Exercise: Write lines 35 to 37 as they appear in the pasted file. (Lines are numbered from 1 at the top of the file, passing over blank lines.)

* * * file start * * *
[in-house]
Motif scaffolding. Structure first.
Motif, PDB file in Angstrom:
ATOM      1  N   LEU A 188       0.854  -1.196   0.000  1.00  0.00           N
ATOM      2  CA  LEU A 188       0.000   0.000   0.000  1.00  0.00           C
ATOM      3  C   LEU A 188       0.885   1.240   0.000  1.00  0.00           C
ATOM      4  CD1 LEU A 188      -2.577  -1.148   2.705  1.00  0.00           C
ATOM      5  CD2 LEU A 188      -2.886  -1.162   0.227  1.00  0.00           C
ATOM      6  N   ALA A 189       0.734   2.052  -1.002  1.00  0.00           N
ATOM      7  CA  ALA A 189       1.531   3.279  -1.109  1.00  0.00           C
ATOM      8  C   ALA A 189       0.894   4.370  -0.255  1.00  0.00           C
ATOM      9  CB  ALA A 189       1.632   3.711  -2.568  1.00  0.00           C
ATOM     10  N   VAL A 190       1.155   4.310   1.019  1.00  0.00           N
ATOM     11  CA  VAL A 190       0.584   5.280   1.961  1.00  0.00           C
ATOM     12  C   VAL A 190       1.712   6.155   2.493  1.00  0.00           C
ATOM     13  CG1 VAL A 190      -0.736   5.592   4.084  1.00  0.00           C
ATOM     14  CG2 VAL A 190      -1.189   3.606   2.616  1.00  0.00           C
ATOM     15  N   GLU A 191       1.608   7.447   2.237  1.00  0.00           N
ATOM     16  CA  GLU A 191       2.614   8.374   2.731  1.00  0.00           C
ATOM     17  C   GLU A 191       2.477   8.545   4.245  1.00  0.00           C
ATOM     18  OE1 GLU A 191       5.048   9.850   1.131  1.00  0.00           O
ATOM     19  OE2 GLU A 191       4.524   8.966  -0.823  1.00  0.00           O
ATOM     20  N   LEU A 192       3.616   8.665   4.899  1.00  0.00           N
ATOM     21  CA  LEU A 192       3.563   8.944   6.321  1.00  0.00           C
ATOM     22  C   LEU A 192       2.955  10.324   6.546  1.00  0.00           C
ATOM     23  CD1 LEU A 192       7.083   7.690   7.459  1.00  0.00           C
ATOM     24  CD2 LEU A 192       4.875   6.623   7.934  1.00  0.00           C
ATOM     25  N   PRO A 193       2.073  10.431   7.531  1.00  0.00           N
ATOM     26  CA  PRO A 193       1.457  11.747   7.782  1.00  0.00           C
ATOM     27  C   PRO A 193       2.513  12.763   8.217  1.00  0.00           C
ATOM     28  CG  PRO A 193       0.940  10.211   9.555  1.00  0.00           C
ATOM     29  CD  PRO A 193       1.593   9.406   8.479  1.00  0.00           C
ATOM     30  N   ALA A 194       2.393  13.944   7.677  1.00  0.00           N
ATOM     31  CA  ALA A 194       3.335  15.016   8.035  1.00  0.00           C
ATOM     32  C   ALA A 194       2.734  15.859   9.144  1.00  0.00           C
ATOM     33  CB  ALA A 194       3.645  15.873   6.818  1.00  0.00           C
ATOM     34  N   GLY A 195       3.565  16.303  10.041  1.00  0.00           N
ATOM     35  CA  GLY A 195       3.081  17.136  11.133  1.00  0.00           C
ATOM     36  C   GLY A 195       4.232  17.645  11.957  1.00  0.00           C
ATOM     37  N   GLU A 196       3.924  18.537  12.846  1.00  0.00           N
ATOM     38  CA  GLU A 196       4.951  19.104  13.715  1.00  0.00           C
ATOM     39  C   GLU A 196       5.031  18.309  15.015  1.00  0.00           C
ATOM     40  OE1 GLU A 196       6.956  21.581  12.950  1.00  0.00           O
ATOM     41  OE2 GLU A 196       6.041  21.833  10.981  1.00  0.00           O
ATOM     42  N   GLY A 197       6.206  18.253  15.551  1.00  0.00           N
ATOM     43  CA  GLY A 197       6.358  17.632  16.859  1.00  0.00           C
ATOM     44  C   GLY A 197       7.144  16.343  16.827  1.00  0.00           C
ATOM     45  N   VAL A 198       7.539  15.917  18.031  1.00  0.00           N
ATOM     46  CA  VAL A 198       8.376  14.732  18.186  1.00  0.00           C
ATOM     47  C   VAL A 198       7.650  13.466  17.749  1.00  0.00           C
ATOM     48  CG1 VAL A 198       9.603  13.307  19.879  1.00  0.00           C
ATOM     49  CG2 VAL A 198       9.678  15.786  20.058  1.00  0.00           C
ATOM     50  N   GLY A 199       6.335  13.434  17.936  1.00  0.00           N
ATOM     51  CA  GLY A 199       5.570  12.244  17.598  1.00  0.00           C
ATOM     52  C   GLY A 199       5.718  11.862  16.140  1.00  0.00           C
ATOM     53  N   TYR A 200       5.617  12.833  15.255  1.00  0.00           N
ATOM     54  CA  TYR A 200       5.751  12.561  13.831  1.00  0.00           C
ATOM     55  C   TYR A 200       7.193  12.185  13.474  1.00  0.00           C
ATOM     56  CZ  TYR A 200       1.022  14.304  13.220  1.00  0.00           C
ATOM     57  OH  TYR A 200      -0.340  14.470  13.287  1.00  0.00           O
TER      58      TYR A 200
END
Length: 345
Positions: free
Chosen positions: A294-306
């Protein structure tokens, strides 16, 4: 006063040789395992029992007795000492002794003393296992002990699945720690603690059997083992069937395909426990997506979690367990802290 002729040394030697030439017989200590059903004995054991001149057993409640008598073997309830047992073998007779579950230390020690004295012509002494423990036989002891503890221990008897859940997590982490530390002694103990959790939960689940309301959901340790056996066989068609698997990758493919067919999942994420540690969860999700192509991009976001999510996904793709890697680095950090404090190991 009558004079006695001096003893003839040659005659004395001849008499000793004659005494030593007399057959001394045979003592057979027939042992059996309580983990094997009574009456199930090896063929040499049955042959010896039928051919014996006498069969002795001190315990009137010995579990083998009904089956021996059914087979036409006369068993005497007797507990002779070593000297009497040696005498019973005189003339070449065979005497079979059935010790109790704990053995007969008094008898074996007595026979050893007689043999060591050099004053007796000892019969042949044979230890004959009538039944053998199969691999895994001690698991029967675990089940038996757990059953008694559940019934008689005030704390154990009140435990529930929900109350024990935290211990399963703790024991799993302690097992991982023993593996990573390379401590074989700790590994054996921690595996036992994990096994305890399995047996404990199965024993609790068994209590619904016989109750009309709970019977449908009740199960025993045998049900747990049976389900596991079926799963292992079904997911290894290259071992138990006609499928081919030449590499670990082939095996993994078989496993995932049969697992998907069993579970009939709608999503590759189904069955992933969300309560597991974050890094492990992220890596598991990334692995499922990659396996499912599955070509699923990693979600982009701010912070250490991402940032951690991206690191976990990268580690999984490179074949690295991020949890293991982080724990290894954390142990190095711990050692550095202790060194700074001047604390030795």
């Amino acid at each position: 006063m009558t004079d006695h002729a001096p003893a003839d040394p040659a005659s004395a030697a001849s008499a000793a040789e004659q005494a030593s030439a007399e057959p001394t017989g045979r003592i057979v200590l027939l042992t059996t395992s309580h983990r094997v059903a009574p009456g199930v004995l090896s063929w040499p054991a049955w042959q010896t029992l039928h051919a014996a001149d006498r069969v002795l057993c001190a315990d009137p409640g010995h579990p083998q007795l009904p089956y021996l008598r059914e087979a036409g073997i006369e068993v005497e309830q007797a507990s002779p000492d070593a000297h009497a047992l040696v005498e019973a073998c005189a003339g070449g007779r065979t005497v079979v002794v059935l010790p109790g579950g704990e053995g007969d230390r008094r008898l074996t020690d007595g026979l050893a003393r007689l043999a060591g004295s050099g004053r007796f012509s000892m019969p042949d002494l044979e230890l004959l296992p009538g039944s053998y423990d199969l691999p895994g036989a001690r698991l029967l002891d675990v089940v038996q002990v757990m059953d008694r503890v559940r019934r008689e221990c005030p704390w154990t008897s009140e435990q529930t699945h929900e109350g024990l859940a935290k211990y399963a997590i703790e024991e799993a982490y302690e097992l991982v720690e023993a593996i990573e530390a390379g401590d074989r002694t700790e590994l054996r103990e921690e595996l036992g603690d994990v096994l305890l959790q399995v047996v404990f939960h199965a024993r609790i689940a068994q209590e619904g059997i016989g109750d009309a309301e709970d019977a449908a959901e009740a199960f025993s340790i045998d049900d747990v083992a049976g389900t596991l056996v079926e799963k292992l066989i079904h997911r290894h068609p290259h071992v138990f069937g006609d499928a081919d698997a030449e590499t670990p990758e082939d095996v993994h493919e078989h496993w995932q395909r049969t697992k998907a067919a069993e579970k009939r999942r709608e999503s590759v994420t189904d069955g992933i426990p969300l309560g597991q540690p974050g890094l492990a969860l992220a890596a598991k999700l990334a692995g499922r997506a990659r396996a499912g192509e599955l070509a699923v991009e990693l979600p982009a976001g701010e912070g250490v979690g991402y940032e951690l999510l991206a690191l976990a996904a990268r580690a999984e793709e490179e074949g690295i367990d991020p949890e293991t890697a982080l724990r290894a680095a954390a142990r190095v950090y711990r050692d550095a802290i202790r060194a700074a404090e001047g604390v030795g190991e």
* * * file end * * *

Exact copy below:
ATOM     32  C   ALA A 194       2.734  15.859   9.144  1.00  0.00           C
ATOM     33  CB  ALA A 194       3.645  15.873   6.818  1.00  0.00           C
ATOM     34  N   GLY A 195       3.565  16.303  10.041  1.00  0.00           N